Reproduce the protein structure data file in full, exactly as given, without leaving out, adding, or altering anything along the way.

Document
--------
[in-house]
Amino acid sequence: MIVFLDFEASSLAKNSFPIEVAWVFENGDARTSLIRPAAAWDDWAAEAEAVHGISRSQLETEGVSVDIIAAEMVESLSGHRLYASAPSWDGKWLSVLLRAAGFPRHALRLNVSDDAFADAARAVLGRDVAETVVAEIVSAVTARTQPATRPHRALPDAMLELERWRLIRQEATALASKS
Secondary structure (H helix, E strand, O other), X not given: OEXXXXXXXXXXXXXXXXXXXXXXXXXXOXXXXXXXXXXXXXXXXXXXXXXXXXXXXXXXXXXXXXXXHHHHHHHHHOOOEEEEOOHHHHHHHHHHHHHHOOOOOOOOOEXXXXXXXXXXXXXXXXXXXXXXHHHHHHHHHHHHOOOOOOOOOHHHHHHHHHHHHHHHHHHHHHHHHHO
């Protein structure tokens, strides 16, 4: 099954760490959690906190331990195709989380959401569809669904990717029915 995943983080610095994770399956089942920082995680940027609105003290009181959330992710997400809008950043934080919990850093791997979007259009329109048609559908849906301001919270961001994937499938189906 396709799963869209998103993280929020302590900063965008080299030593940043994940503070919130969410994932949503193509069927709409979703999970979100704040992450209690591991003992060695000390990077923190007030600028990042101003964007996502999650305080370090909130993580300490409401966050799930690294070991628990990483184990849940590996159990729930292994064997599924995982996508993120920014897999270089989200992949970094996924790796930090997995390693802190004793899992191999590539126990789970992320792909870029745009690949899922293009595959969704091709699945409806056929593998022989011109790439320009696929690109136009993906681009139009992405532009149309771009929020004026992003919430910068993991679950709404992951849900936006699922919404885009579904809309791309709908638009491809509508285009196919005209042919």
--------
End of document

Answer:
[in-house]
Amino acid sequence: MIVFLDFEASSLAKNSFPIEVAWVFENGDARTSLIRPAAAWDDWAAEAEAVHGISRSQLETEGVSVDIIAAEMVESLSGHRLYASAPSWDGKWLSVLLRAAGFPRHALRLNVSDDAFADAARAVLGRDVAETVVAEIVSAVTARTQPATRPHRALPDAMLELERWRLIRQEATALASKS
Secondary structure (H helix, E strand, O other), X not given: OEXXXXXXXXXXXXXXXXXXXXXXXXXXOXXXXXXXXXXXXXXXXXXXXXXXXXXXXXXXXXXXXXXXHHHHHHHHHOOOEEEEOOHHHHHHHHHHHHHHOOOOOOOOOEXXXXXXXXXXXXXXXXXXXXXXHHHHHHHHHHHHOOOOOOOOOHHHHHHHHHHHHHHHHHHHHHHHHHO
């Protein structure tokens, strides 16, 4: 099954760490959690906190331990195709989380959401569809669904990717029915 995943983080610095994770399956089942920082995680940027609105003290009181959330992710997400809008950043934080919990850093791997979007259009329109048609559908849906301001919270961001994937499938189906 396709799963869209998103993280929020302590900063965008080299030593940043994940503070919130969410994932949503193509069927709409979703999970979100704040992450209690591991003992060695000390990077923190007030600028990042101003964007996502999650305080370090909130993580300490409401966050799930690294070991628990990483184990849940590996159990729930292994064997599924995982996508993120920014897999270089989200992949970094996924790796930090997995390693802190004793899992191999590539126990789970992320792909870029745009690949899922293009595959969704091709699945409806056929593998022989011109790439320009696929690109136009993906681009139009992405532009149309771009929020004026992003919430910068993991679950709404992951849900936006699922919404885009579904809309791309709908638009491809509508285009196919005209042919």